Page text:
Skip to content Skip to left sidebar Skip to footer

03 March 2023 Media Release: The effect of loadshedding on Water Quality

Media Release:  The effects of load shedding on water quality

For immediate release
03 March 2023

Loadshedding was introduced to South Africa in 2007, the country’s communities and various sectors have had to adjust to its inconvenient nature and effects.

The impact of loadshedding can be seen daily. Loadshedding also has an impact that we cannot see.  It has a direct impact on Municipal Services, specifically water and sanitation.  Garden Route District Municipality’s (GRDM) Municipal Health Services is responsible to monitor the water quality in terms of one of their Key Performance areas within their Scope of Practise.

GRDM Municipal Health Services monitor water bodies and water sources on a routine basis to ensure compliance with the relevant legislation.

The impact of load shedding on water quality and associated risk to human health

Pumping water, treating water, and distributing drinkable water all require electricity.  It is also used for the collection and treatment of wastewater.  Authorities may have backup systems that can help with the aforementioned during load shedding periods; however, these systems may break down for extended periods. With load shedding the procedures, become more labor intensified with associated risks.

Water purification systems

In the case where no sufficient amount of water is treated, water might not be available for drinking and hygienic purposes.

 This includes:

Cleaning households or very importantly food premises.  The communities will be reminded to the term “water is life”,  if taps run dry due to load shedding and not being able to drink treated water, or  even not being able to flush your toilet.  Untreated water can expose communities to various infectious bacteria that could be harmful to your health.  The most known bacteria is Escherichia coli.

  1. Coli can cause diseases like gastroenteritis, as well as ear – , nose and throat infections.

Agricultural sector

Water quality is of crucial importance for this sector in our communities.  Premises like abattoirs and dairy farms depend on hygiene during all the related processes and the availability of potable water plays an important part during all these processes.  Pollution can occur in rivers used for agricultural purposes. This can lead to accumulation of microbiological and chemical pollutants in crops and vegetation destined for the consumer.


Electricity is used in all the processes of sanitation from pump station until the final process of disinfection of sewerage.  Pump stations pump sewerage to the wastewater treatment plant. High-risk areas and priority areas might have backup system to ensure that the pump station does not overflow.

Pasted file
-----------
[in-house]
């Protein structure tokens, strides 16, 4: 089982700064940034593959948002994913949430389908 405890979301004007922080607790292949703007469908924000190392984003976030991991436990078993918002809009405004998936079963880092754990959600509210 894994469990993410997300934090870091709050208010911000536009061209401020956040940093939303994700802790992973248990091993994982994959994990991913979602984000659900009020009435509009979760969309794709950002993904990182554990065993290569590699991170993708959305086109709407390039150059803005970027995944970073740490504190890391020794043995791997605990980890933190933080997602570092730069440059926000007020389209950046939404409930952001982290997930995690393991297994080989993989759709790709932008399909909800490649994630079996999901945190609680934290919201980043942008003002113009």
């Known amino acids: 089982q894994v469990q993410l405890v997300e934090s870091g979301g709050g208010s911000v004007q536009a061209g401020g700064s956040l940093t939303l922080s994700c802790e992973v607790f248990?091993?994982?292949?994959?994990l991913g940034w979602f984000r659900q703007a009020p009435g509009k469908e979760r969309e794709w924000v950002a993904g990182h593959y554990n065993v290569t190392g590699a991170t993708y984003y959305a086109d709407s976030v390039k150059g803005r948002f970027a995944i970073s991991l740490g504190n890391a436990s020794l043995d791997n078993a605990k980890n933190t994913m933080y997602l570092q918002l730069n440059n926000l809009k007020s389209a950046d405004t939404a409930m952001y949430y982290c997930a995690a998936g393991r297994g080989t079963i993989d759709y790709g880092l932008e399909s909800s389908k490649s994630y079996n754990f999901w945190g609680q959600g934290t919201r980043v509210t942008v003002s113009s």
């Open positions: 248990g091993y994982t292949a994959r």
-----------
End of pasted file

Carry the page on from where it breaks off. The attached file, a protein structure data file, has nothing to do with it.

The overflowing of pump stations can have a detrimental effect on the environment and cause severe environmental health nuisances. Pump stations near recreational areas or rivers can pollute the nearby water source that is utilised by the communities.  Communities using these recreational areas could be exposed to skin conditions, gastroenteritis or even cholera.

The possibility of untreated sewage entering our water bodies is much higher during load shedding, especially with the increase of the load shedding stages.

Please report all overflowing manholes to your local municipality.

Report all vandalism of infrastructure during loadshedding – compromised infrastructure leads to compromised water quality.

Herewith the details for each regional office within the Garden Route District:

Klein Karoo & Kannaland
Desmond Paulse
Chief: Municipal Health (Klein Karoo)
Tel: 044 272 2241 / 083 678 6530
Address: 94 St John Street, Oudtshoorn

Mossel Bay
Monique Anthony
Acting Chief: Municipal Health (Mossel Bay)
Tel:  044 693 0006
Address C/O Sampson & Marlin Street, Ext 23, Mossel Bay.

George Outeniqua
Emmy Douglas
Chief: Municipal Health (Outeniqua)
Tel: 044 803 1501 / Fax: 044 803 1566
Address: Mission Street, Industrial Area, George, 6530

Knysna Region
James McCarthy
Municipal Health Chief: Knysna
Tel: 044 382 7214 / 082 805 9417
Address: 26A Queen Street, Knysna

Bitou Region
Gawie Vos
Municipal Health Chief: Lakes (Bitou)
Tel: 044 501 1600 / 083 557 1522
Address: 7 Gibb Street, Plettenberg Bay

Hessequa Region
Haemish Herwels
Municipal Health Chief: Hessequa
Tel: 028 713 2438 / 083 678 6545
Address: 23 Michell Street, Riversdale, 6670

Johan Compion
Manager: Municipal Health & Environmental Services
Tel: 044 803 1300